Most people assume that bourekas and knishes are mezonos, but it seems that this is not so simple. In fact, there are many different factors involved relating to the proper beracha on bourekas and knishes. In the following paragraphs we will BE”H systematically address all of the relevant issues and attempt to arrive at a conclusion regarding the correct beracha to recite when eating them.
Shulchan Aruch (Orach Chaim 168:6-7) describes a pastry which the Gemara calls pas haba’ah b’kisnin and states that it’s beracha fluctuates depending upon the circumstances under which it is eaten. When it is eaten as a snack or desert it is mezonos, but one consumes a quantity which is appropriate for a meal one recites hamotzi.
Shulchan Aruch brings three opinions from the Rishonim regarding the identity of “pas haba’ah b’kisnin”, and one of them is filled dough. The classic example of this “filled dough” would be a pie or similar sweet pastry, the Poskim debate whether is also includes a savory pastry such as a meat knish. The Taz (OC 168:20) writes that that a pastry filled with meat, fish or cheese is included in the classification of pas haba’ah b’kisnin and one does not recite hamotzi on it unless eating a significant quantity, while the Magen Avraham (OC 168:44) disagrees and suggests that since this pastry is intrinsically a meal and not a dessert it should always be hamotzi.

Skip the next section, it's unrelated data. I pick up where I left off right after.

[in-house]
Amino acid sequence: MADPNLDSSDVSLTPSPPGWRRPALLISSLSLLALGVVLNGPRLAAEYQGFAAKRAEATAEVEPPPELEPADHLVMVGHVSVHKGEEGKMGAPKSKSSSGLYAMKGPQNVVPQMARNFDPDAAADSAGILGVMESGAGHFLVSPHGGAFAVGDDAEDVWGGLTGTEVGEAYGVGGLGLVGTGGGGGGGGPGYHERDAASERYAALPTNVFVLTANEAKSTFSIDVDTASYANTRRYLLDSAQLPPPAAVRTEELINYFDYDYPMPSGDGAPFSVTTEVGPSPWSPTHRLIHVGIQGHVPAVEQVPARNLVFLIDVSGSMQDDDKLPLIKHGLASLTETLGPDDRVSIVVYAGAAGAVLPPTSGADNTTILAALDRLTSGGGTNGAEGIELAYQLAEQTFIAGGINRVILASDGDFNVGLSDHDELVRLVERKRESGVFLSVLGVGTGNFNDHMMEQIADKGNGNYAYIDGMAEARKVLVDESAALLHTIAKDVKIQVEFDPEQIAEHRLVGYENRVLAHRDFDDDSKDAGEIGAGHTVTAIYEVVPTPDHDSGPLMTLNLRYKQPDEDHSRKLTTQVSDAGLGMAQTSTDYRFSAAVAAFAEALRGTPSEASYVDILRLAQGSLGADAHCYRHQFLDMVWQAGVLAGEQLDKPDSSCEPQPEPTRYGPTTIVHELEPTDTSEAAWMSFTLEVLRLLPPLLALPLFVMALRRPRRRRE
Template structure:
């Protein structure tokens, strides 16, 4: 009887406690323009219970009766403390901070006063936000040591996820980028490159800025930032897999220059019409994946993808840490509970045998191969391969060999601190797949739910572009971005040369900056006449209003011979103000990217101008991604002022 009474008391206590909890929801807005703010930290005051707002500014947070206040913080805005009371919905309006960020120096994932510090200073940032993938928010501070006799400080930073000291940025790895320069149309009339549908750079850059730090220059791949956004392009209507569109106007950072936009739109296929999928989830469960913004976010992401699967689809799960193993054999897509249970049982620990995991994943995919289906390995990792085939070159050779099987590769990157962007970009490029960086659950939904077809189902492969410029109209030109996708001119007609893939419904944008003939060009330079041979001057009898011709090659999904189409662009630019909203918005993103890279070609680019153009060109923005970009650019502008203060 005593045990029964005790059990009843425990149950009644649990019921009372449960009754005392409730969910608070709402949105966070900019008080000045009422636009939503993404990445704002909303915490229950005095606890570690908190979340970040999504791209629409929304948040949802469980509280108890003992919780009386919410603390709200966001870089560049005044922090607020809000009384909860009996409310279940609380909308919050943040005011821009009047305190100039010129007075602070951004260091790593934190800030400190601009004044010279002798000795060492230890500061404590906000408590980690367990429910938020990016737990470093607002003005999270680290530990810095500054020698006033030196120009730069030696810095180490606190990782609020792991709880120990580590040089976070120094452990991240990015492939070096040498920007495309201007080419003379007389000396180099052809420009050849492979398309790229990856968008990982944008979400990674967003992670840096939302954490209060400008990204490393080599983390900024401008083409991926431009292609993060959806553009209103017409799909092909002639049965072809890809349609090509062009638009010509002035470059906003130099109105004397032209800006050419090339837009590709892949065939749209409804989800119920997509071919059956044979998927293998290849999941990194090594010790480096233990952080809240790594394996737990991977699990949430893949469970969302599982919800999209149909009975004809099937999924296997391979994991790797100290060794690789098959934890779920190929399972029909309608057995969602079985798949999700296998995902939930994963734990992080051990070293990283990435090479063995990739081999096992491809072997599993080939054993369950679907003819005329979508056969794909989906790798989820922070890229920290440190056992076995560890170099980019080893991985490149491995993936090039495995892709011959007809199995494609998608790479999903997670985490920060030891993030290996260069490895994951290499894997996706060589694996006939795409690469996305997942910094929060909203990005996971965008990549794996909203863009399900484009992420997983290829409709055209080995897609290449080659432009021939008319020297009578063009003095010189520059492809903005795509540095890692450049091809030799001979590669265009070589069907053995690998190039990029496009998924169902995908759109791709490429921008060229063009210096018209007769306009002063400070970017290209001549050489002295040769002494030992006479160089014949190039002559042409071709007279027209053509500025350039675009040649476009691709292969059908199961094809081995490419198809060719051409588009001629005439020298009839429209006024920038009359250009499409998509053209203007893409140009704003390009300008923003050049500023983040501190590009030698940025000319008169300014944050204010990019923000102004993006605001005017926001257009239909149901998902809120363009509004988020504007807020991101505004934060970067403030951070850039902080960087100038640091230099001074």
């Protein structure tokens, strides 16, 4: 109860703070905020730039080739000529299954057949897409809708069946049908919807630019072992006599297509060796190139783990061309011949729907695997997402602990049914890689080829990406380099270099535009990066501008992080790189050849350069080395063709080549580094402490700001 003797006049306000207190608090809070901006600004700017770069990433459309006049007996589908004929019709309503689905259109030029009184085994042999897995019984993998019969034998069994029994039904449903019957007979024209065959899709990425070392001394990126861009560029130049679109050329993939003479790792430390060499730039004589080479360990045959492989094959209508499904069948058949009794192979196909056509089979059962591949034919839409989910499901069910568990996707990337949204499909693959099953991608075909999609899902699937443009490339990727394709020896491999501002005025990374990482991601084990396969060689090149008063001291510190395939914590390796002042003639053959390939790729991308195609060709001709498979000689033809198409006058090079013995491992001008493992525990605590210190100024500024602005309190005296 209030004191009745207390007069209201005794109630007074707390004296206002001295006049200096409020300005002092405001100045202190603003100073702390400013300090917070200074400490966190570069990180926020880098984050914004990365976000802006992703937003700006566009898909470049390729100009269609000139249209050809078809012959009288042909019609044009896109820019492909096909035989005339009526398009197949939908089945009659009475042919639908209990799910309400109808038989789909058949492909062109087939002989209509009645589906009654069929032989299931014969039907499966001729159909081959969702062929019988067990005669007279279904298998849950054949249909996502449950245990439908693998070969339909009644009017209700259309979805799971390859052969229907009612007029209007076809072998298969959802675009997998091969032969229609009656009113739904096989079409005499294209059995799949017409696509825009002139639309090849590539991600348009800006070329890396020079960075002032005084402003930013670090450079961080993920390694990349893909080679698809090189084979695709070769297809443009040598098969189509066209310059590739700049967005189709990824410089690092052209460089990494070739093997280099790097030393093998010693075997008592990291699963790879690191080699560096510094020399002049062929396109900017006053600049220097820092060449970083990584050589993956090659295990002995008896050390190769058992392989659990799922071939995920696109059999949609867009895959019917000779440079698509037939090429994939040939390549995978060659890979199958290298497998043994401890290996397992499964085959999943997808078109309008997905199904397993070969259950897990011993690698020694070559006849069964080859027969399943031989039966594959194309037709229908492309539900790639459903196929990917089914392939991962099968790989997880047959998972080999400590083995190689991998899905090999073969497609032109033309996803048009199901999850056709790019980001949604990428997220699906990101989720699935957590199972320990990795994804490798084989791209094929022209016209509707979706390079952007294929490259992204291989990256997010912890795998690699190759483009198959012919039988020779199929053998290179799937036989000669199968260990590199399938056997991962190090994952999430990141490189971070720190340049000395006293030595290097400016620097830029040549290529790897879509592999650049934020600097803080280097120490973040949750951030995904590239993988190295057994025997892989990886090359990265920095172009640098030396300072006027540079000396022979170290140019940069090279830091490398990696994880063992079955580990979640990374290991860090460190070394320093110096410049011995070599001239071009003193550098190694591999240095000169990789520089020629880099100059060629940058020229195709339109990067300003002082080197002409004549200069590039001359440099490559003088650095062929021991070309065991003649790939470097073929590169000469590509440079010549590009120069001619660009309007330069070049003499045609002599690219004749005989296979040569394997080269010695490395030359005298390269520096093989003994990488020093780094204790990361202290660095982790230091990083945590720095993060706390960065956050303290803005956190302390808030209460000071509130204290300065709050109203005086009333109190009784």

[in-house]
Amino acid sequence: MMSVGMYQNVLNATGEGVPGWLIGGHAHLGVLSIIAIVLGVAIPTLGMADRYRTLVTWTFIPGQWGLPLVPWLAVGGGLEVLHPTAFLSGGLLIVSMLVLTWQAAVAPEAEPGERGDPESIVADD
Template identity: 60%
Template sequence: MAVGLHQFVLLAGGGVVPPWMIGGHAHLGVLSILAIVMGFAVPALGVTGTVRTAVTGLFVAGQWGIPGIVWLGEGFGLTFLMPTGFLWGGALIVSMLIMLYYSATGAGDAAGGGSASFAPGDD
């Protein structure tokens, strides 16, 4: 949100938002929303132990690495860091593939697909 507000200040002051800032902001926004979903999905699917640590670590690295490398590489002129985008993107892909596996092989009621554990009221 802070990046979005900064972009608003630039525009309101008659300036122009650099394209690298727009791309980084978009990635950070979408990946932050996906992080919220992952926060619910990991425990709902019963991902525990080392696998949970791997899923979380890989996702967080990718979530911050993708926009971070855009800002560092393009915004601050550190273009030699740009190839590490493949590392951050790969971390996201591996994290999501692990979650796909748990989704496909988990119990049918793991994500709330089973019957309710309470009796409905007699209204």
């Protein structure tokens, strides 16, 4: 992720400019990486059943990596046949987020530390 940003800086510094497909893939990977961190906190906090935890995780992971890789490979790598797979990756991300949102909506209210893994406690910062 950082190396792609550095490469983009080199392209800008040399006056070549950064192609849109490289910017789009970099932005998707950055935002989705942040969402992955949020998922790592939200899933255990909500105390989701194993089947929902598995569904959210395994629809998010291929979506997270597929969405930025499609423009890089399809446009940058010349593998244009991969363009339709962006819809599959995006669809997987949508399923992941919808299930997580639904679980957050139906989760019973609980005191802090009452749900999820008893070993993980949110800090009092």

The source of their debate revolves around the interpretation of the Piskei Ri”d (Berachos 37b) who states that a pashtida (which is baked dough filled with meat) is hamotzi. On the one hand, the Taz is correct that from the context it is clear that the Ri”d’s primary intent is that the dough is considered the ikar and not the meat filling, and when he writes hamotzi this is in contrast to shehakol and not mezonos. On the other hand, the Magen Avraham has a strong point that by choosing hamotzi over mezonos this indicates an incidental point that the Ri”d considers this pashtida to be equivalent to bread.
Ultimately, the later Rishonim seem to debate the same point. The Ria”z (6:13) writes that his grandfather the Ri”d mentioned hamotzi regarding pashtida since it is made to serve as bread and as a meal, which closely aligns with the Magen Avraham’s position. However, the Sefer HaTanya (28) writes that the Ri”d only mentioned hamotzi for pashtida in the circumstance where one is consuming a large quantity, similar to the Taz that it is pas haba’ah b’kisnin.
The Logic of Pas Haba’ah B’kisnin
Since there does not appear to be any conclusive proof to one side or the other from the Rishonim, we are compelled to analyze the underlying logic behind their respective positions.